In the foreground of the painting hanging on the office wall of Iron Harvest’s creative director, Jan Theysen’s, peasant women harvest hay under a baking summer sun. It’s an evocative scene, reminiscent of work by famous English landscape painter John Constable. In the background of this pastoral idyll, however, half obscured by heat-haze and whisps of cloud, smoke billows from an enormous mech, its canon-like arms casting a threatening shadow over the fields beneath.
The painting is part of Polish artist Jakub Rozalski’s 1920+ series, which serves as the inspiration for Iron Harvest’s dieselpunk take on the First World War. Theysen says that he originally stumbled on Rozalski’s work without any intention to use it in a game; “the first time I saw his artwork, it was just ‘this is cool’. It wasn’t like we were thinking about it in terms of game development.”
In a desire to move away from the WWII setting that has played host to so many real-time strategy games, however, King Art eventually found themselves returning to 1920+. In Rozalski’s world, these enormous mechs were originally meant to help with farmwork. But as the First World War broke out, these machines were adapted for the battlefield. The Great War would rumble on for five long years, eventually giving way to the unsteady peace in which Iron Harvest – named for the annual real-life excavation of WWI detritus from fields up and down the Western Front – takes place.
The game’s three factions – Polonia, Saxony, and Rusviet – each have their own strengths and weaknesses, but the micro-level play that defined RTS giants such as StarCraft is limited to the opening moments of the game, as each players rushes to secure oil pumps and iron mines that will fuel their economy. Base building is of limited importance, with a small selection of structures, limited in most cases to just one small area of the map, responsible for all of your unit production.
Instead, Iron Harvest focuses on the macro-level, and once you’ve got to grips with the early game, tactical nouse becomes just as important as the efficiency of your armies. The result is a battlefield which evolves and changes over time, with a frontline that’s in near-constant flux.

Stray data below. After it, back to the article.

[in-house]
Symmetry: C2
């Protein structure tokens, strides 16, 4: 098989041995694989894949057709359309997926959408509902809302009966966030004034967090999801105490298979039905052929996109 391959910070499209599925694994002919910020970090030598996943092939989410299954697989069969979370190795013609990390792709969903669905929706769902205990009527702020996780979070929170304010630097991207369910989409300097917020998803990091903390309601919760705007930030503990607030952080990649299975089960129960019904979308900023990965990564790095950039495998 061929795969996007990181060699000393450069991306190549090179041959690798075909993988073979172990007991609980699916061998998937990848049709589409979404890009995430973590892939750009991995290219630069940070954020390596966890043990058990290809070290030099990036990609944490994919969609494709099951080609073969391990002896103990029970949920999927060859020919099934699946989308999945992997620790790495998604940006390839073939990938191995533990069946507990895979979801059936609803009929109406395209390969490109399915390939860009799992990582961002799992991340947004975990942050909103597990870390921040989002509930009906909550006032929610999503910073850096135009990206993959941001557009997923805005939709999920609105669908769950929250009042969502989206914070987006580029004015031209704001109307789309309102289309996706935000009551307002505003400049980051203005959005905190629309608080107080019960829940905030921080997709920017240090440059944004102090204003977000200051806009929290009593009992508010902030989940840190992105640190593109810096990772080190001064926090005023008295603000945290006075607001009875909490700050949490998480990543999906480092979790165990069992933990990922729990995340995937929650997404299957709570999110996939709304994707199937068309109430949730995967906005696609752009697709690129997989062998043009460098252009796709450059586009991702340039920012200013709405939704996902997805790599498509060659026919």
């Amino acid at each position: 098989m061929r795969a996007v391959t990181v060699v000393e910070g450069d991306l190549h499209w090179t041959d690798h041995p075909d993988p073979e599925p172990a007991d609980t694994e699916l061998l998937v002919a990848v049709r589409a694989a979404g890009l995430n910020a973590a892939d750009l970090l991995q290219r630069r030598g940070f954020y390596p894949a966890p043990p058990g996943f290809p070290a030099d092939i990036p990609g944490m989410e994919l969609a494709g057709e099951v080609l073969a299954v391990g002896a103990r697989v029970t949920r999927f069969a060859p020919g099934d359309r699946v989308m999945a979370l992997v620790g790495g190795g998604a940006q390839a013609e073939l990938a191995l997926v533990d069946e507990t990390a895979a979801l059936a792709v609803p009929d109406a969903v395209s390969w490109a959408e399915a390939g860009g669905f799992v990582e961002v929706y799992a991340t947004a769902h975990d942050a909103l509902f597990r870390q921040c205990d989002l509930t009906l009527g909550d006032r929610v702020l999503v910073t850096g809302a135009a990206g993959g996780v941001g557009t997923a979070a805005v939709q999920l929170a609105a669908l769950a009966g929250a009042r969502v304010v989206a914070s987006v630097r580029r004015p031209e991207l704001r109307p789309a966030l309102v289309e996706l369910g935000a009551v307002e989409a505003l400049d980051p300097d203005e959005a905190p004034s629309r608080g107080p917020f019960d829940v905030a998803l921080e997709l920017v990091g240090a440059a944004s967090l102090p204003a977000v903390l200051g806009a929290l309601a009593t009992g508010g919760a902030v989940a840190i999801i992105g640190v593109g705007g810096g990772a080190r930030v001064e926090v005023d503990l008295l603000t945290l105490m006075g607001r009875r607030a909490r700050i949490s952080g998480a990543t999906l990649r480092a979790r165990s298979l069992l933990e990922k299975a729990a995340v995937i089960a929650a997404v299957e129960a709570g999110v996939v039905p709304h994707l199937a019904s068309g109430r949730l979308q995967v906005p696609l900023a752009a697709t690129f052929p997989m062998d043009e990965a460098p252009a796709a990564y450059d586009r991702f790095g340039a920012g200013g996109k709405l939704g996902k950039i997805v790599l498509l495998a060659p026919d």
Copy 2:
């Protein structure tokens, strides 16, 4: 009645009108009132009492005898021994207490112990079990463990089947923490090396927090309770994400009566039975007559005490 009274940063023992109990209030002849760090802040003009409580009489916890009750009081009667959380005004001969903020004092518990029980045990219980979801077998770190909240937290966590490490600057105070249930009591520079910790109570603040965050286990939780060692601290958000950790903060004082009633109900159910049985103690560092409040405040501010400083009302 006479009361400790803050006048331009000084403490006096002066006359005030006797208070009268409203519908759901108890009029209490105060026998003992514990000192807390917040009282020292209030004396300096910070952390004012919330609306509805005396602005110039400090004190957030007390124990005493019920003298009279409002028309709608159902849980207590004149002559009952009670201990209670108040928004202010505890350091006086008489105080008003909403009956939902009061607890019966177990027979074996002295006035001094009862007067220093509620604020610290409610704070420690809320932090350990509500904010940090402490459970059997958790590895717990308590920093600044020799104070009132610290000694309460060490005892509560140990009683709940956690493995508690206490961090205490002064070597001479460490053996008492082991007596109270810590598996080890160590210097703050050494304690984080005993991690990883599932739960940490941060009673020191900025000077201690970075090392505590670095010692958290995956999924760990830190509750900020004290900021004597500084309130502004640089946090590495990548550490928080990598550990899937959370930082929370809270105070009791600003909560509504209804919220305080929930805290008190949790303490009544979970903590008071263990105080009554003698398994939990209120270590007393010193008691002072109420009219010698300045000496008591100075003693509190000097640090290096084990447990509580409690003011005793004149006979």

Your mechs are the stars of the show, but what’s most striking is the variation on offer. Theysen says that “you want to have cool-looking units, but if you have ten different kinds of tanks, it becomes a little bit tricky to differentiate them, but having mechs helps a lot with that.” Polonia’s trashcan-shaped Straznik scuttles into battle on four spidery legs, gatling guns mounted on its side tearing enemy units apart, while the Smialy strides confidently around the outskirts of the battle, picking enemies off from the sidelines.
Iron Harvest’s dieselpunk aesthetic means that these aren’t elegant machines, but Theysen says that’s an important part of combat – “we didn’t want the game to be too fast, so it helps if the mechs aren’t running and jumping around, but it’s a slower, more deliberate pace with clunky machines.” That speaks to the tactical nature of the game – larger units will only fit down certain routes, and committing an important unit in one direction means that it could take several minutes to return to protect another flank.
Much of Iron Harvest revolves around maneuvering around your opponent, attempting to gain the upper hand through misdirection and the use of stealthy flanking routes, but when two armies actually meet, sparks – and rockets – fly. Soldiers armed with everything from pistols to field cannons march into battle accompanied by their enormous mechanical cavalry, but while the mechs may have most of the firepower, the tide of a battle can turn quickly. A well-aimed blast from a four-legged Mocny’s roof-mounted cannon can all but wipe out a squad of riflemen, but if those same soldiers are able to scavenge a rocket launcher from a fallen foe and scurry back to base to replenish their ranks, they can return to the fight to topple the enemy mech.
And when a mech falls, its impact is felt on more than just its owners’ economy. As they explode, their chassis is left on the battlefield, creating a barricade that remains until it’s manually removed. For a player on the back foot, the skeletons of both friend and foe can act as a crucial defensive line, preventing enemies from advancing further. For attacking enemies, downed mechs can block flanking routes and make it more difficult for damaged units to retreat. Each time the dust settles and surviving soldiers scurry back to base, Iron Harvest’s close-quarters, almost claustrophobic maps are entirely changed, and you’re forced to re-shape your strategy for the next assault.
Iron Harvest treads new ground with its alternate history and aggressively inelegant technology, but Theysen makes it clear that the developers are aware of the RTS’s rich history. The structure of the campaign, which focuses in on each of the factions in turn, draws from Warcraft 3, which Theysen thinks is “actually still the best RTS story out there.” Elsewhere, the influence of Company of Heroes is clear. “When it comes to gameplay, or units, or UI, we looked at the other games, and looked at what worked, and picked and chose the best elements from all the games.”
For all the chaos of its bigger battles, Iron Harvest eventually comes across as a surprisingly cerebral RTS. King Art hasn’t been shy about the inspiration it’s taken from some of the genre’s biggest names, but as your armies clash and the battlefield shifts under the weight of your mechs, it’s clear that these lumbering machines aren’t the only thing that sets Iron Harvest apart.